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Guitar Center Files For Chapter 11 Bankruptcy Protection

Guitar Center will lower its debt burden by $800 million it is still trying to get out from under after the 2007 acquisition by Bain Capital.
Guitar Center

Guitar Center

Guitar Center has officially filed for Chapter 11 bankruptcy protection. The move was filed late Saturday night, November 21.

The country’s largest retailer for music instruments has been hit hard by the pandemic. Many of its stores have been temporarily closed and its digital business has struggled to compete against rivals for some time now.

Guitar Center said it had struck a deal with its creditors that would lower its significant debt burden from $1.3 billion by $800 million. It has secured financing by its current owner, the private equity firm Ares Management Corporation, as well as funds managed by the hedge fund Brigade Capital Management and the Carlyle Group.

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Guitar Center says they will still operate as usual through this. It says it expects to emerge from bankruptcy by the end of the year.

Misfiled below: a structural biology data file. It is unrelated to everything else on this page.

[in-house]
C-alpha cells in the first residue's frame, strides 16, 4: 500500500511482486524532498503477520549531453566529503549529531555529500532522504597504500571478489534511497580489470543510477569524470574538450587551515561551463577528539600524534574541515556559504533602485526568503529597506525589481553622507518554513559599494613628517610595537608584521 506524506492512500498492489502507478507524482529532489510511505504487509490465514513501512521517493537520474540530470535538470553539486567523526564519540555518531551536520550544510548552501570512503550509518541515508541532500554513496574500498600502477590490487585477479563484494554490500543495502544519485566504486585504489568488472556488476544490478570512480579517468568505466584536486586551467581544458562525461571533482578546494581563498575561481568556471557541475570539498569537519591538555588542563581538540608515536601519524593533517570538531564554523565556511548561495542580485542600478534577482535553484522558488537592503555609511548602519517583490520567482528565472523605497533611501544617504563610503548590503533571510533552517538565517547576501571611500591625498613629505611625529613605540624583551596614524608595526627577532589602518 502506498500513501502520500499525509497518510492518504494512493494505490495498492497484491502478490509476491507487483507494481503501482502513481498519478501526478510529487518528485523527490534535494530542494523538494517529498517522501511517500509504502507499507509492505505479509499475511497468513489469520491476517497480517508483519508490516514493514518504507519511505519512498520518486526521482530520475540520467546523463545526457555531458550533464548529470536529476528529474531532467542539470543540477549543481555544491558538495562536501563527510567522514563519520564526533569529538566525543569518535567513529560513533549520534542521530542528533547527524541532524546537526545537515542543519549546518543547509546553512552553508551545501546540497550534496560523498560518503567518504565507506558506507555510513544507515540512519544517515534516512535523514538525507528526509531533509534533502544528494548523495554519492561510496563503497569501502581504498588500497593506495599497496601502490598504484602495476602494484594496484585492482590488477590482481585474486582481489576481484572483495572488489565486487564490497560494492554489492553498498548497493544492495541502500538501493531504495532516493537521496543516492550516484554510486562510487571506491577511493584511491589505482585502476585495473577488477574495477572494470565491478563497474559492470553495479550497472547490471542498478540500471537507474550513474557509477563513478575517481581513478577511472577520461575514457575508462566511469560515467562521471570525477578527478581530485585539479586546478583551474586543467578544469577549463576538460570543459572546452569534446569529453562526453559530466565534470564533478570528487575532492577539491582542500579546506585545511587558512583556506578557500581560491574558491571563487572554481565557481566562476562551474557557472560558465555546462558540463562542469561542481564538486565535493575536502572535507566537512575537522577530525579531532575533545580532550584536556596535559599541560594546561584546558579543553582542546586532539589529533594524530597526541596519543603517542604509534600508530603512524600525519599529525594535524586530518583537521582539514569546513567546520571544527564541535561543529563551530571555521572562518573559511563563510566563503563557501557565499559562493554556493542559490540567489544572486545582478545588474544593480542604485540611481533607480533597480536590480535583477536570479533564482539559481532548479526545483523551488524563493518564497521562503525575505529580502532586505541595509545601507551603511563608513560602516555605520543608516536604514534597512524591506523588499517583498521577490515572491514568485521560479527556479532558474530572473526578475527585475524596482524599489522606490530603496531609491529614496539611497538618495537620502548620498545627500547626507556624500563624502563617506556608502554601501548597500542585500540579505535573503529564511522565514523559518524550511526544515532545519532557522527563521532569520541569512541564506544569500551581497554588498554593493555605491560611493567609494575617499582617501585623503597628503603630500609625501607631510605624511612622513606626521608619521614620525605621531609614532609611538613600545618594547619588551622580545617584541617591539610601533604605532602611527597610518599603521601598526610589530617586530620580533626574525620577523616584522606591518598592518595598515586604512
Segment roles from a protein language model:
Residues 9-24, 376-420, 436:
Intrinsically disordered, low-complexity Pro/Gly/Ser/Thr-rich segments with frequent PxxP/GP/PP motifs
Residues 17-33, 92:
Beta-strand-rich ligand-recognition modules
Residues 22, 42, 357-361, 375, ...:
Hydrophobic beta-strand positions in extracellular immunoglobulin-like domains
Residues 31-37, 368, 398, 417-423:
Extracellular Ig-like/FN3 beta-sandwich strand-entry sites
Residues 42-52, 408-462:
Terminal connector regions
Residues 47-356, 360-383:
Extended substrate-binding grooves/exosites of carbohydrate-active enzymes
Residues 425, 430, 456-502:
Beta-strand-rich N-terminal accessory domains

“Guitar Center will continue to meet its financial obligations to vendors, suppliers, and employees, and intends to make payments in full to these parties without interruption in the ordinary course of business,” a press release about the bankruptcy says.

“Guitar Center will continue to provide uninterrupted service to its customers through its existing channels, including its stores, websites, call centers and social media pages, and will continue to receive goods and ship customer orders as usual.”

Though Guitar Center had 10 consecutive quarters of sales growth through the end of February, according to a court filing that was all “wiped out” by the pandemic. It missed a $45 million debt payment last month that made bankruptcy look likely according to the New York Times. 75% of stores closed due to the pandemic at one point.

Guitar Center was founded in 1959, but over the past 15 years it has seen its fortunes change. In 2007, private equity company Bain Capital acquired it for $1.9 billion and like many of these deals, left it saddled with too much debt. To reduce debt, some of the debt was converted to equity making Ares Management the majority shareholder in 2014. It still had $1.3 billion in debt from the Bain takeover this year. Now the place that musicians go to test out instruments and occasionally buy has gone bankrupt. 

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